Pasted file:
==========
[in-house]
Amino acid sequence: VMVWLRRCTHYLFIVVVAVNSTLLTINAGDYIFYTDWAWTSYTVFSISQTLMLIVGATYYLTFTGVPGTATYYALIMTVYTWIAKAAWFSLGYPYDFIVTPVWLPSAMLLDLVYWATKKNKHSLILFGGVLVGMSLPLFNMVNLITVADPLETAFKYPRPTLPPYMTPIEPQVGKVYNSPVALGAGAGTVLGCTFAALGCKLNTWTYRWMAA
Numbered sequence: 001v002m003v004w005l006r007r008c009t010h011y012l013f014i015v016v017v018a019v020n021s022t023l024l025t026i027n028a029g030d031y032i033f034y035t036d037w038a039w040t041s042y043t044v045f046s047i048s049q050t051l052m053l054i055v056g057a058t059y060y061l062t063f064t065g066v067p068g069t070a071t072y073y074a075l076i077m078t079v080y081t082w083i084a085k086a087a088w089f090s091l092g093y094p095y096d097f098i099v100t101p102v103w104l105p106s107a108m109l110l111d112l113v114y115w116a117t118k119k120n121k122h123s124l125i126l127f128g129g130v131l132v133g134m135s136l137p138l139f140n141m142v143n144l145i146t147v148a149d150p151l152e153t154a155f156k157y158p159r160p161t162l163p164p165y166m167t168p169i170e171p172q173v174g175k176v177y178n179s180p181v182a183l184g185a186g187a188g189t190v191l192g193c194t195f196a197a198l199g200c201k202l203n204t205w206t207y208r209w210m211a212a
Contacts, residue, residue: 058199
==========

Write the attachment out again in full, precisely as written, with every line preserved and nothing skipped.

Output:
[in-house]
Amino acid sequence: VMVWLRRCTHYLFIVVVAVNSTLLTINAGDYIFYTDWAWTSYTVFSISQTLMLIVGATYYLTFTGVPGTATYYALIMTVYTWIAKAAWFSLGYPYDFIVTPVWLPSAMLLDLVYWATKKNKHSLILFGGVLVGMSLPLFNMVNLITVADPLETAFKYPRPTLPPYMTPIEPQVGKVYNSPVALGAGAGTVLGCTFAALGCKLNTWTYRWMAA
Numbered sequence: 001v002m003v004w005l006r007r008c009t010h011y012l013f014i015v016v017v018a019v020n021s022t023l024l025t026i027n028a029g030d031y032i033f034y035t036d037w038a039w040t041s042y043t044v045f046s047i048s049q050t051l052m053l054i055v056g057a058t059y060y061l062t063f064t065g066v067p068g069t070a071t072y073y074a075l076i077m078t079v080y081t082w083i084a085k086a087a088w089f090s091l092g093y094p095y096d097f098i099v100t101p102v103w104l105p106s107a108m109l110l111d112l113v114y115w116a117t118k119k120n121k122h123s124l125i126l127f128g129g130v131l132v133g134m135s136l137p138l139f140n141m142v143n144l145i146t147v148a149d150p151l152e153t154a155f156k157y158p159r160p161t162l163p164p165y166m167t168p169i170e171p172q173v174g175k176v177y178n179s180p181v182a183l184g185a186g187a188g189t190v191l192g193c194t195f196a197a198l199g200c201k202l203n204t205w206t207y208r209w210m211a212a
Contacts, residue, residue: 058199